The ongoing and increasingly more threatening discussion about mandatory vaccination reminds one of the panopticon and Foucault’s expansion on the subject.
Michel Foucault, a French intellectual and critic, expanded the idea of the panopticon into a symbol of social control that extends into everyday life for all citizens, not just those in the prison system (Foucault 1970). He argues that social citizens always internalize authority, which is one source of power for prevailing norms and institutions. A driver, for example, might stop at a red light even when there are no other cars or police present. Even though there are not necessarily any repercussions, the police are an internalized authority- people tend to obey laws because those rules become self-imposed.
This is a profound and complicated idea, namely because the process entails a high degree of social intuition; the subject must be able to situate him or her self amidst a network of collective expectations. The crucial point is that the subject’s specific role within the network is incorporated as a part of the body and mind, which then manifests as self-discipline.
Related to this is also this book review ‘Foucault in Warsaw‘.
Stumbled across this movie review. Totally missed it due to that social distancing, risk aversion, or is it a sort of sensation that Wittgenstein described as: “Often I feel that there is something in me like a lump which, were it to melt, would let me cry or I would then find the right words (or perhaps even a melody). But this some- thing (is it the heart?) in my case feels like leather & cannot melt. Or is it only that I am too much a coward to let the temperature rise sufficiently?“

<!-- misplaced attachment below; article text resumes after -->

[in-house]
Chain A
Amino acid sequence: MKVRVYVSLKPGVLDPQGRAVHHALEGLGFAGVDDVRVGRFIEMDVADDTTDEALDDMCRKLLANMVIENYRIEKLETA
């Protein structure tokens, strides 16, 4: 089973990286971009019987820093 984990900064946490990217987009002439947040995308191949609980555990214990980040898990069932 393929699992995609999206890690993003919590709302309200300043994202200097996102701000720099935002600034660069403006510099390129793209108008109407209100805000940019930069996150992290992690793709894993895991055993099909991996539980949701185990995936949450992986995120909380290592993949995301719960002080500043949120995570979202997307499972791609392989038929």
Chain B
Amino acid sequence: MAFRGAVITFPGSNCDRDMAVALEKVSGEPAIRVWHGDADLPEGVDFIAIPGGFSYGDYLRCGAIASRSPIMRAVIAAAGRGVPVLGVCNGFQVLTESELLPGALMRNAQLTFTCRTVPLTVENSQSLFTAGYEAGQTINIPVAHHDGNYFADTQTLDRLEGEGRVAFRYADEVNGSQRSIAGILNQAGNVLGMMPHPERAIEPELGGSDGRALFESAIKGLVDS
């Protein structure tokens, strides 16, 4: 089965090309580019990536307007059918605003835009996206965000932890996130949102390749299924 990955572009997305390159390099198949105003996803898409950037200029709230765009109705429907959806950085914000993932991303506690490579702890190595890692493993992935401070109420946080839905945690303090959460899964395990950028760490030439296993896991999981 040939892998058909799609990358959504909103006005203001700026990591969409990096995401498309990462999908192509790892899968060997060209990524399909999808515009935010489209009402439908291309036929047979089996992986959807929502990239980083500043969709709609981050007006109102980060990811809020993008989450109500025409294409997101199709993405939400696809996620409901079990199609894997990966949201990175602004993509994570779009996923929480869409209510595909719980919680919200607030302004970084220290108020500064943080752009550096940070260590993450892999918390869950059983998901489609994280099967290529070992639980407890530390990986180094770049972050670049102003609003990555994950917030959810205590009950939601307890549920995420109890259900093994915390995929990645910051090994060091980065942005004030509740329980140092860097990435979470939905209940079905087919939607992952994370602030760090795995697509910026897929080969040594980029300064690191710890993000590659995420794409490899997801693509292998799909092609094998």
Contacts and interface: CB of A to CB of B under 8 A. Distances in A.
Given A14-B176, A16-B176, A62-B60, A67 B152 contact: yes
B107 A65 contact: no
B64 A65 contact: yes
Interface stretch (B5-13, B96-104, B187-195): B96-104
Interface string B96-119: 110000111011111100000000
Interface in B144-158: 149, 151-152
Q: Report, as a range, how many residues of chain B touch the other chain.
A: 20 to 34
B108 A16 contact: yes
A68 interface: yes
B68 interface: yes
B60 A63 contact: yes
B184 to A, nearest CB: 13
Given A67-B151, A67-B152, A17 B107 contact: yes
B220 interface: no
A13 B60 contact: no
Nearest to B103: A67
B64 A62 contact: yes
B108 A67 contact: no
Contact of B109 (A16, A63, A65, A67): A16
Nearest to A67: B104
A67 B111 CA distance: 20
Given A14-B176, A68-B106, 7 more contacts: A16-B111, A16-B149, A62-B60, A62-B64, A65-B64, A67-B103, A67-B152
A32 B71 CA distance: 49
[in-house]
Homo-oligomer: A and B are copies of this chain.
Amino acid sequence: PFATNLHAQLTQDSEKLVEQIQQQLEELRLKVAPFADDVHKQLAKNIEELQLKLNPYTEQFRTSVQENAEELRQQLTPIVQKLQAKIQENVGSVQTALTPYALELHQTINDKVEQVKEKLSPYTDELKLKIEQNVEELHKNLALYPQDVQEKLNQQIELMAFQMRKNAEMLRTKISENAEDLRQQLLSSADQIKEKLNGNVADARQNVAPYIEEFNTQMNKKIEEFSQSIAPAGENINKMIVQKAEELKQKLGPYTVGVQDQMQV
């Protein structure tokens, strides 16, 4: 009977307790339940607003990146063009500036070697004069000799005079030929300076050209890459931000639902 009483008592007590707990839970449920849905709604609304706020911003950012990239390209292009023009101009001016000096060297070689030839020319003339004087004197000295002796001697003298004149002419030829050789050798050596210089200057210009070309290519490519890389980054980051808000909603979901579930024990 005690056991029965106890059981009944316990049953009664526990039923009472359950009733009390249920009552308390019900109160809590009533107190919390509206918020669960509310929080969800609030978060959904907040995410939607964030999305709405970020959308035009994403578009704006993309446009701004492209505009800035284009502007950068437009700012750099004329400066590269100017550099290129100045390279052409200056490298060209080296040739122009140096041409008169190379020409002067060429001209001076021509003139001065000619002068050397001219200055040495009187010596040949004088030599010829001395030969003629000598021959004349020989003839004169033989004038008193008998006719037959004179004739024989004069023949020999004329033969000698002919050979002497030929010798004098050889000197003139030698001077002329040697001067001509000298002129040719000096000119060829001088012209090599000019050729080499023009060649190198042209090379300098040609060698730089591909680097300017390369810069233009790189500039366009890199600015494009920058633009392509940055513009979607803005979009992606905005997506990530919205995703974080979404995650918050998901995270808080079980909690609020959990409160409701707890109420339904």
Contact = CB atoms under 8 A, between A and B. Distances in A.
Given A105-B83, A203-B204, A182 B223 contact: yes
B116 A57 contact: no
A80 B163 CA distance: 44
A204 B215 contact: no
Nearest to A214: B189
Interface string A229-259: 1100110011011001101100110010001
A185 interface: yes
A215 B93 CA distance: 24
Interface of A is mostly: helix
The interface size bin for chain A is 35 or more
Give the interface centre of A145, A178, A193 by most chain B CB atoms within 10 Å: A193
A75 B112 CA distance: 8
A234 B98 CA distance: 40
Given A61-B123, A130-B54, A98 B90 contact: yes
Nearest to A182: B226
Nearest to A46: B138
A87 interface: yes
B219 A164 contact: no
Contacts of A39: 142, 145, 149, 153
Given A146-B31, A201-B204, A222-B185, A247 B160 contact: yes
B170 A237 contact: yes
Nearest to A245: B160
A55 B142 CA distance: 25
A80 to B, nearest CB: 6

Here is Peter Webster with “A review of yet another tasteless but very expensive sub-blockbuster.” Get popcorn, it gets wacky.
“This latest production by an industry famous for its mind-numbing extravaganzas is – at best – a decidedly B-flick-quality wanabee sci-fi tale. Second-rate by virtue of a plot featuring extreme nonsensicality and a vapid, humorless screenplay, but fear-inducing and death-producing nonetheless, it cannot therefore be classed as merely a never-to-be-cult-status C-flick. The reader will see that my review of the movie is decidedly more imaginative and artistic than the film itself:
“The Jab” is featured from the very opening scenes as something everybody needs or be at risk of nobody seems quite sure what. All The Authorities constantly tell the citizenry that its benefits outweigh the risks, but none will make actual solid claims of what the benefits are apart from “maybe you won’t get as sick”. Compared to what?, the movie-goer will surely ask. And surely no one has a clue as to what risks are entailed since The Jab has not been rigorously tested. “Rigorously”? From what is presented, it seems that even the word “tested” is an overstatement. But things get weird quickly when The Jab is revealed to have incredible powers to induce its receivees to dispel all doubt, throw caution to the wind and ignore all counter-argument to become true believers in what is then claimed to be a civilization-rescuing medicine that is obviously mostly placebo**.
This might be the only suspenseful plot point of the whole film: Jabbed friends and foe alike start to react with furious indignation merely when it is suggested to them to consider alternative ideas. Families, and entire societies are ripped apart into warring camps, at first merely wars of insult and outrageous accusation, but soon evolving into roaming vigilante scenes with all the usual mayhem and destruction. And all of this mostly by suggestion, given the majority of Jabs might well be blank doses? Talk about weak plots! …”
You must be really sick not to read the full post.